Harmonizing across environmental nanomaterial testing media for increased comparability of nanomaterial datasets

Journal Article (Review;Journal)

The chemical composition and properties of environmental media determine nanomaterial (NM) transport, fate, biouptake, and organism response. To compare and interpret experimental data, it is essential that sufficient context be provided for describing the physical and chemical characteristics of the setting in which a nanomaterial may be present. While the nanomaterial environmental, health and safety (NanoEHS) field has begun harmonization to allow data comparison and re-use (e.g. using standardized materials, defining a minimum set of required material characterizations), there is limited guidance for standardizing test media. Since most of the NM properties driving environmental behaviour and toxicity are medium-dependent, harmonization of media is critical. A workshop in March 2016 at Duke University identified five categories of test media: aquatic testing media, soil and sediment testing media, biological testing media, engineered systems testing media and product matrix testing media. For each category of test media, a minimum set of medium characteristics to report in all NM tests is recommended. Definitions and detail level of the recommendations for specific standardized media vary across these media categories. This reflects the variation in the maturity of their use as a test medium and associated measurement techniques, variation in utility and relevance of standardizing medium properties, ability to simplify standardizing reporting requirements, and in the availability of established standard reference media. Adoption of these media harmonization recommendations will facilitate the generation of integrated comparable datasets on NM fate and effects. This will in turn allow testing of the predictive utility of functional assay measurements on NMs in relevant media, support investigation of first principles approaches to understand behavioral mechanisms, and support categorization strategies to guide research, commercial development, and policy.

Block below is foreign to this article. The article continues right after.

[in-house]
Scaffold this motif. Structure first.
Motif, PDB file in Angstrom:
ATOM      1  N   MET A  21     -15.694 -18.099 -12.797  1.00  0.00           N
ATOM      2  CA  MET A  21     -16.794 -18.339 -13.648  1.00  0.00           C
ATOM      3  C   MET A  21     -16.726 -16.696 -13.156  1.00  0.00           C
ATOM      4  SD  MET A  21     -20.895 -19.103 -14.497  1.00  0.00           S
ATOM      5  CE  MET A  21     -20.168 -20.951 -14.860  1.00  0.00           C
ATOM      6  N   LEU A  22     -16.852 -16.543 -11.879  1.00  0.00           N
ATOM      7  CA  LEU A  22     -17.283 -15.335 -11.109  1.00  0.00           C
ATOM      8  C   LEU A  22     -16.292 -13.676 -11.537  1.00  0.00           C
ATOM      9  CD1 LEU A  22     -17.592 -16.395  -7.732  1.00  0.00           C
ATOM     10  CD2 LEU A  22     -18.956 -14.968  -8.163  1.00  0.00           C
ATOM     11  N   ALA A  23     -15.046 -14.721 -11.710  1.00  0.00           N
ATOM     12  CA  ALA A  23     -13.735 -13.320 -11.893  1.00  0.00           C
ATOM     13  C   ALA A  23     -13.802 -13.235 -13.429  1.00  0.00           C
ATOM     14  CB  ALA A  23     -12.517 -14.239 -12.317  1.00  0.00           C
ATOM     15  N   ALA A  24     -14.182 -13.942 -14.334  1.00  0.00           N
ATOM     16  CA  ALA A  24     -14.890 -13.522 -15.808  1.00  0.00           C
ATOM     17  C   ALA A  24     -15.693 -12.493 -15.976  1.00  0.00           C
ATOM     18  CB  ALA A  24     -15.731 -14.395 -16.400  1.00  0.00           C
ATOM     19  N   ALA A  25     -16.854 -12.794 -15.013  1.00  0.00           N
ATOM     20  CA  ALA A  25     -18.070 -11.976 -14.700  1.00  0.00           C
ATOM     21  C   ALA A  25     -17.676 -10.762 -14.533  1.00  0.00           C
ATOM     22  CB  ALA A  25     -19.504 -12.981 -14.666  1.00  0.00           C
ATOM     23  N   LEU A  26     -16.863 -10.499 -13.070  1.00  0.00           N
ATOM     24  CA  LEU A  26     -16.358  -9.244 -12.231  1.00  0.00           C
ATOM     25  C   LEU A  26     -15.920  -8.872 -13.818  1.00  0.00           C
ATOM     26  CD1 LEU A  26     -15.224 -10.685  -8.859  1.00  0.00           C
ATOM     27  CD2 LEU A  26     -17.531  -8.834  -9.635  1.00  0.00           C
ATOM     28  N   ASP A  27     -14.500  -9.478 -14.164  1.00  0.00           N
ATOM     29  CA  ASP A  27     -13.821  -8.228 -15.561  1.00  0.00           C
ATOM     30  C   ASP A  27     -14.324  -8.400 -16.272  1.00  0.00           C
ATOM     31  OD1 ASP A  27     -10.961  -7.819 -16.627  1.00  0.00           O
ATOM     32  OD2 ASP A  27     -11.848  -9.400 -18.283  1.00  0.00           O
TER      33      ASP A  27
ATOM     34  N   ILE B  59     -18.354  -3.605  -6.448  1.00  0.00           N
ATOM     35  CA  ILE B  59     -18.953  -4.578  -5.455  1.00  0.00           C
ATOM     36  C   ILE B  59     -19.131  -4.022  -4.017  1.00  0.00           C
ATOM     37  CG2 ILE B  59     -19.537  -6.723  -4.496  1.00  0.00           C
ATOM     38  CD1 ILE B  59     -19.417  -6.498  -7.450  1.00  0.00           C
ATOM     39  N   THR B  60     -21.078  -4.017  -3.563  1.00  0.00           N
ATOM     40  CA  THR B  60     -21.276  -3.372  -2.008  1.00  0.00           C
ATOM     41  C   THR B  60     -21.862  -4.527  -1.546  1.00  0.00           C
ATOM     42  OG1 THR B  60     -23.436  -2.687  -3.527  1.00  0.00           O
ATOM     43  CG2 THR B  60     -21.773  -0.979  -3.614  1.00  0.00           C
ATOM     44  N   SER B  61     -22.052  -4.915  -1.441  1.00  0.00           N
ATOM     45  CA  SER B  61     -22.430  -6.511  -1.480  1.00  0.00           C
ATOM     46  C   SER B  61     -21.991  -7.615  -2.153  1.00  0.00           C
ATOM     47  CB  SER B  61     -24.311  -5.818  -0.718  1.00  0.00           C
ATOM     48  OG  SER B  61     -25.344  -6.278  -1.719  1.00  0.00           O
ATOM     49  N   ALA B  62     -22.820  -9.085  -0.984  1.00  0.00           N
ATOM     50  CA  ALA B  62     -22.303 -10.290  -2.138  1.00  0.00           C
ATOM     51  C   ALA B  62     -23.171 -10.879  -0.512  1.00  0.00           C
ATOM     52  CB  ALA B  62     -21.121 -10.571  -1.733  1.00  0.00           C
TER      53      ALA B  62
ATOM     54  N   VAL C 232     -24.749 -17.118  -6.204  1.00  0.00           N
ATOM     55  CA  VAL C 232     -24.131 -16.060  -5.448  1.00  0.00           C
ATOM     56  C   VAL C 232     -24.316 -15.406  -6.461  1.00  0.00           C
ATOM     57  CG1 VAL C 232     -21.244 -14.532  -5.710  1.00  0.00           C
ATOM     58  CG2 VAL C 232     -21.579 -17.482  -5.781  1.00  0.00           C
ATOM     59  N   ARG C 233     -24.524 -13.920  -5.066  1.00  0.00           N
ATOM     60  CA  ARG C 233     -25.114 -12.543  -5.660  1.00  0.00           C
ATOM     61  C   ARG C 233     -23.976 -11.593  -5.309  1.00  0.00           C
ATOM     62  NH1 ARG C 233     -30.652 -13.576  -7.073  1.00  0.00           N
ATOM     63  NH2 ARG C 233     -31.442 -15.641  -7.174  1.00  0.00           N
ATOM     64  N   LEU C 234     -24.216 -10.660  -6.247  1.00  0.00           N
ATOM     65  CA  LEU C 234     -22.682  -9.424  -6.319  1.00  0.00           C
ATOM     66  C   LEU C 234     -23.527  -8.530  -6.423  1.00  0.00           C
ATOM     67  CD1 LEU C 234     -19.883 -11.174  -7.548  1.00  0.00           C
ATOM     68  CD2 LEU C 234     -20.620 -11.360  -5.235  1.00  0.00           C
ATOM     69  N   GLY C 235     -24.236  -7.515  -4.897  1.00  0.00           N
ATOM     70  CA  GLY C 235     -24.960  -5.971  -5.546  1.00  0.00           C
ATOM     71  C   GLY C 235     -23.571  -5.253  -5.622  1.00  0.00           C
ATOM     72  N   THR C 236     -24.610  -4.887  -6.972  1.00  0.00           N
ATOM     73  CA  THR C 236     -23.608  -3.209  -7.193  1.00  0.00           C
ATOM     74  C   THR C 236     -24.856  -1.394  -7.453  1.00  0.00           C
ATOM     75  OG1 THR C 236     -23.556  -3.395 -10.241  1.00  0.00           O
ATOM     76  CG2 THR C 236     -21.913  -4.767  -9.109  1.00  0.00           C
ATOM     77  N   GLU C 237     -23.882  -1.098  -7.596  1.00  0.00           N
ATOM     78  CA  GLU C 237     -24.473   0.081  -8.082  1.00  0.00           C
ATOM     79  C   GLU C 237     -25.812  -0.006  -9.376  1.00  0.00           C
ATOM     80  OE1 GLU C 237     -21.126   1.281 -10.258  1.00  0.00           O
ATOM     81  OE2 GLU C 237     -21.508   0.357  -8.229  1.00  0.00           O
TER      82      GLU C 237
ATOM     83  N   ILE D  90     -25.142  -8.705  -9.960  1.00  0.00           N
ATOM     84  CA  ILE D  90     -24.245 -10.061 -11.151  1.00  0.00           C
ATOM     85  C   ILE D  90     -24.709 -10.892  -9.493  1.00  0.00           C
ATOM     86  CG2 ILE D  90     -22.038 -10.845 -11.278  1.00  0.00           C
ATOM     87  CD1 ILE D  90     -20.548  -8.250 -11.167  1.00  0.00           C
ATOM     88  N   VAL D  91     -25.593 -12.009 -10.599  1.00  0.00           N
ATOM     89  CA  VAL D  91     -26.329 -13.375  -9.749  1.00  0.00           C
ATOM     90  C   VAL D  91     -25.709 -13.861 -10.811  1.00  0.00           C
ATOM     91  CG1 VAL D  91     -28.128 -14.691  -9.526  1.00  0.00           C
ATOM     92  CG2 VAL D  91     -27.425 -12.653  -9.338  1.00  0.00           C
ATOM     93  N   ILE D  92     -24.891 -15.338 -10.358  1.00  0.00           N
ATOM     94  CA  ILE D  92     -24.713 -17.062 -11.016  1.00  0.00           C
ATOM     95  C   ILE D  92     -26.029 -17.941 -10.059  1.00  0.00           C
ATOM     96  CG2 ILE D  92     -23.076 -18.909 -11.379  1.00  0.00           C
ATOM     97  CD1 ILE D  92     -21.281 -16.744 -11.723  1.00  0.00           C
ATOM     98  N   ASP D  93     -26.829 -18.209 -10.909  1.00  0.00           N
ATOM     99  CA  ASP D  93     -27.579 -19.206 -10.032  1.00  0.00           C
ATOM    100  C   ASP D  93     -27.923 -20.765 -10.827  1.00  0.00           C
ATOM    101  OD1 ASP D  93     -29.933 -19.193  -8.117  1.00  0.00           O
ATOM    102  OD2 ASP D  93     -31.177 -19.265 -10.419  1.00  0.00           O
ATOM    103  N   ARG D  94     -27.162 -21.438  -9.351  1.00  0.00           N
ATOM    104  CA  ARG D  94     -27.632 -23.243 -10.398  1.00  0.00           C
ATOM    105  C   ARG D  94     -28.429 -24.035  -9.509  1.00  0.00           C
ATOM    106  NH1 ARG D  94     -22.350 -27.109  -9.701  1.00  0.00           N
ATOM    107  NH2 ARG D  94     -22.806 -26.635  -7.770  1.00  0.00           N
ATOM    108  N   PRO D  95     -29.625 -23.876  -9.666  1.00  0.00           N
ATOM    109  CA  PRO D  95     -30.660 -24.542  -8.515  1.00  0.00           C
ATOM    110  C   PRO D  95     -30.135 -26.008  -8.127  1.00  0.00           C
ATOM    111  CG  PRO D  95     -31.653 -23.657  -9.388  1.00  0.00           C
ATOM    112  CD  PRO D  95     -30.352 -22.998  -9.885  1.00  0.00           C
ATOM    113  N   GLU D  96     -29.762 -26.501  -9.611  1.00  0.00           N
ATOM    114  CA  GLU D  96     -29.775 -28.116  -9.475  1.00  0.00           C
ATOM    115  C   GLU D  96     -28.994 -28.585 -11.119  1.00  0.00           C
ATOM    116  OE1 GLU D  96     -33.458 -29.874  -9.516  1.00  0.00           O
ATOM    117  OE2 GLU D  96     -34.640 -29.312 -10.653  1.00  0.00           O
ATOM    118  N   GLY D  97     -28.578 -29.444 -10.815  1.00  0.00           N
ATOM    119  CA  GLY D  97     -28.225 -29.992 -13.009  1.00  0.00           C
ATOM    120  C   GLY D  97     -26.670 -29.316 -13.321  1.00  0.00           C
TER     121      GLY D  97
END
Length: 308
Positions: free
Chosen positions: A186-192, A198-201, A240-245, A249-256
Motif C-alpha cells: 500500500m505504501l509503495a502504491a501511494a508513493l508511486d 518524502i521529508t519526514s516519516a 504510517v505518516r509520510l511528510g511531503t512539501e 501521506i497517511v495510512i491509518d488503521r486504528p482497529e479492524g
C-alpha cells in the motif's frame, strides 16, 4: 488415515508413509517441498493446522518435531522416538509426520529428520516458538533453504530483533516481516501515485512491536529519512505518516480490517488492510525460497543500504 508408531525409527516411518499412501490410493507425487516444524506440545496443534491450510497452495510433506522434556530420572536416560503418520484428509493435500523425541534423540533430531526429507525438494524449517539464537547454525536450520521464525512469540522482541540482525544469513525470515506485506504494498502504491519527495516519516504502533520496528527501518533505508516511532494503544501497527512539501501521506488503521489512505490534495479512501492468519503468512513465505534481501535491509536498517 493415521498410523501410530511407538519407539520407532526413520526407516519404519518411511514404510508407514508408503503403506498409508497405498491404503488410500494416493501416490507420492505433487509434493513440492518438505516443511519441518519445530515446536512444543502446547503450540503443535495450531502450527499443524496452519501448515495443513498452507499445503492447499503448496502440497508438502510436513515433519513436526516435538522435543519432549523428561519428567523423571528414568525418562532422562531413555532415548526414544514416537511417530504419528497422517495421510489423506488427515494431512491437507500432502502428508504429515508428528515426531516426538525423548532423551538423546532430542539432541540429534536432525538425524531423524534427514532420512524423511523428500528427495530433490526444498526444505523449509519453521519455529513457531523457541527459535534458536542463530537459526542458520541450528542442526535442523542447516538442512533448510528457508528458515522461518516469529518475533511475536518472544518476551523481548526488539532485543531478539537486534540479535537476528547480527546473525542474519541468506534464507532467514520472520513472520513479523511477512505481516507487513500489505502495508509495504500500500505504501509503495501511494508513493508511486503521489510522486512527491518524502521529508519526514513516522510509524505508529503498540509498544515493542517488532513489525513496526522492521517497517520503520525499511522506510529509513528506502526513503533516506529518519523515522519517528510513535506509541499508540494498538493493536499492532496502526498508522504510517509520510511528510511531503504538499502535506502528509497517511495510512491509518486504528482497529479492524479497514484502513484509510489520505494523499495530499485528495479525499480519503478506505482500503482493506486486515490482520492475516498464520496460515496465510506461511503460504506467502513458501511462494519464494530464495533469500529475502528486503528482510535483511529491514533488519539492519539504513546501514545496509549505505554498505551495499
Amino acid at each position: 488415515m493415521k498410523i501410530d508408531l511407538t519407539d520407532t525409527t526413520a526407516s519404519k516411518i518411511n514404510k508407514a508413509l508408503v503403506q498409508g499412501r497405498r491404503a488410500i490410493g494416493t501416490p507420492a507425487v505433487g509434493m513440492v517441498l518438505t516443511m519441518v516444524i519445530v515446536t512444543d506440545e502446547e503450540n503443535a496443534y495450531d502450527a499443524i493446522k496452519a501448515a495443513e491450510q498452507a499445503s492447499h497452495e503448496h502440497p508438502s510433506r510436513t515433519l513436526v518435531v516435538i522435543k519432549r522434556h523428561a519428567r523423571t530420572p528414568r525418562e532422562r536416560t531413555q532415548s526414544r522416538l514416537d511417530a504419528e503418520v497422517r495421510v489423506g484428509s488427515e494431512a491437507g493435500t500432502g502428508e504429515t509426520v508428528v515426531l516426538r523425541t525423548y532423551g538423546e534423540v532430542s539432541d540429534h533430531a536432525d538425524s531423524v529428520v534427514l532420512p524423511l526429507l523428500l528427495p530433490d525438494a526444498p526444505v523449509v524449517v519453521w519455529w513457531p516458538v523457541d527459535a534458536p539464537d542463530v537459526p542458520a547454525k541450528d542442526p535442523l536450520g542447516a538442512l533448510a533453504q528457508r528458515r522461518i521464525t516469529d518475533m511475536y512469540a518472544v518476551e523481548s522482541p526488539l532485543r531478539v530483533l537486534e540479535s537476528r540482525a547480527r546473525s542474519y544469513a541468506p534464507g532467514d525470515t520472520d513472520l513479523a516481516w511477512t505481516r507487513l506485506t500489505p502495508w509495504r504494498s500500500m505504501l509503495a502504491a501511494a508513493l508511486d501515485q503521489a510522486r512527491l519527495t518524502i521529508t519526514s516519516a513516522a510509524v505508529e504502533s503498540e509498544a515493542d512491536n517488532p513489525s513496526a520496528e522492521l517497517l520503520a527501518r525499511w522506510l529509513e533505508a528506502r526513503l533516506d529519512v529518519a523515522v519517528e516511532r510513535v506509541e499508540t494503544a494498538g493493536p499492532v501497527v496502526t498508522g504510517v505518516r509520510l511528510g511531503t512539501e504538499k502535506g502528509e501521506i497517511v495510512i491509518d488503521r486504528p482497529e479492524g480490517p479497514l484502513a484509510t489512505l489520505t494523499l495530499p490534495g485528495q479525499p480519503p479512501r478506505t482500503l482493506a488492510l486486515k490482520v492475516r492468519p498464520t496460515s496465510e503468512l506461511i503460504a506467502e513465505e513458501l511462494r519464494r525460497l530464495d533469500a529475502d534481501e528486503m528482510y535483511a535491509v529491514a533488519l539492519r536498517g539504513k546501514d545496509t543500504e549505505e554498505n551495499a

Full Text

Duke Authors

Cited Authors

  • Geitner, NK; Ogilvie Hendren, C; Cornelis, G; Kaegi, R; Lead, JR; Lowry, GV; Lynch, I; Nowack, B; Petersen, E; Bernhardt, E; Brown, S; Chen, W; De Garidel-Thoron, C; Hanson, J; Harper, S; Jones, K; Von Der Kammer, F; Kennedy, A; Kidd, J; Matson, C; Metcalfe, CD; Pedersen, J; Peijnenburg, WJGM; Quik, JTK; Rodrigues, SM; Rose, J; Sayre, P; Simonin, M; Svendsen, C; Tanguay, R; Tefenkji, N; Van Teunenbroek, T; Thies, G; Tian, Y; Rice, J; Turner, A; Liu, J; Unrine, J; Vance, M; White, JC; Wiesner, MR

Published Date

  • January 1, 2020

Published In

Volume / Issue

  • 7 / 1

Start / End Page

  • 13 - 36

Electronic International Standard Serial Number (EISSN)

  • 2051-8161

International Standard Serial Number (ISSN)

  • 2051-8153

Digital Object Identifier (DOI)

  • 10.1039/c9en00448c

Citation Source

  • Scopus